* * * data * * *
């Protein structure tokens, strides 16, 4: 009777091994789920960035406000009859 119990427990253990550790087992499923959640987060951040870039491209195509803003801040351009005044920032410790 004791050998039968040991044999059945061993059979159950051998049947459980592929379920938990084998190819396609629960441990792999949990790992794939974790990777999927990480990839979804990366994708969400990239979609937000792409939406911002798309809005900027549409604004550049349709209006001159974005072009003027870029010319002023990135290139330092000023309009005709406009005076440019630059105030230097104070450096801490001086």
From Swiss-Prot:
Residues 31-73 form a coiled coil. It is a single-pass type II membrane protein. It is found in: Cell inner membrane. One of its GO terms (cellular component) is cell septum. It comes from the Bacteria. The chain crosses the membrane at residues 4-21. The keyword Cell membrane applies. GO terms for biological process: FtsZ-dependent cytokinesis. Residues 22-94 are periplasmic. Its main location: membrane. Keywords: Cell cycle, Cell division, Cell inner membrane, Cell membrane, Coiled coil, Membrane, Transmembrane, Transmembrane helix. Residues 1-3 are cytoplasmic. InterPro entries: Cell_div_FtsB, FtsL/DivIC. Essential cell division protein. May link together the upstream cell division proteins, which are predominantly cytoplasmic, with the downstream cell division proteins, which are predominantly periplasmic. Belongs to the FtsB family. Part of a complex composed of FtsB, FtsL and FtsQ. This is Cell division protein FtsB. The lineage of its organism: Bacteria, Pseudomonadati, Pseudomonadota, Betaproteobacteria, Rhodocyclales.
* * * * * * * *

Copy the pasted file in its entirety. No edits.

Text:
């Protein structure tokens, strides 16, 4: 009777091994789920960035406000009859 119990427990253990550790087992499923959640987060951040870039491209195509803003801040351009005044920032410790 004791050998039968040991044999059945061993059979159950051998049947459980592929379920938990084998190819396609629960441990792999949990790992794939974790990777999927990480990839979804990366994708969400990239979609937000792409939406911002798309809005900027549409604004550049349709209006001159974005072009003027870029010319002023990135290139330092000023309009005709406009005076440019630059105030230097104070450096801490001086």
From Swiss-Prot:
Residues 31-73 form a coiled coil. It is a single-pass type II membrane protein. It is found in: Cell inner membrane. One of its GO terms (cellular component) is cell septum. It comes from the Bacteria. The chain crosses the membrane at residues 4-21. The keyword Cell membrane applies. GO terms for biological process: FtsZ-dependent cytokinesis. Residues 22-94 are periplasmic. Its main location: membrane. Keywords: Cell cycle, Cell division, Cell inner membrane, Cell membrane, Coiled coil, Membrane, Transmembrane, Transmembrane helix. Residues 1-3 are cytoplasmic. InterPro entries: Cell_div_FtsB, FtsL/DivIC. Essential cell division protein. May link together the upstream cell division proteins, which are predominantly cytoplasmic, with the downstream cell division proteins, which are predominantly periplasmic. Belongs to the FtsB family. Part of a complex composed of FtsB, FtsL and FtsQ. This is Cell division protein FtsB. The lineage of its organism: Bacteria, Pseudomonadati, Pseudomonadota, Betaproteobacteria, Rhodocyclales.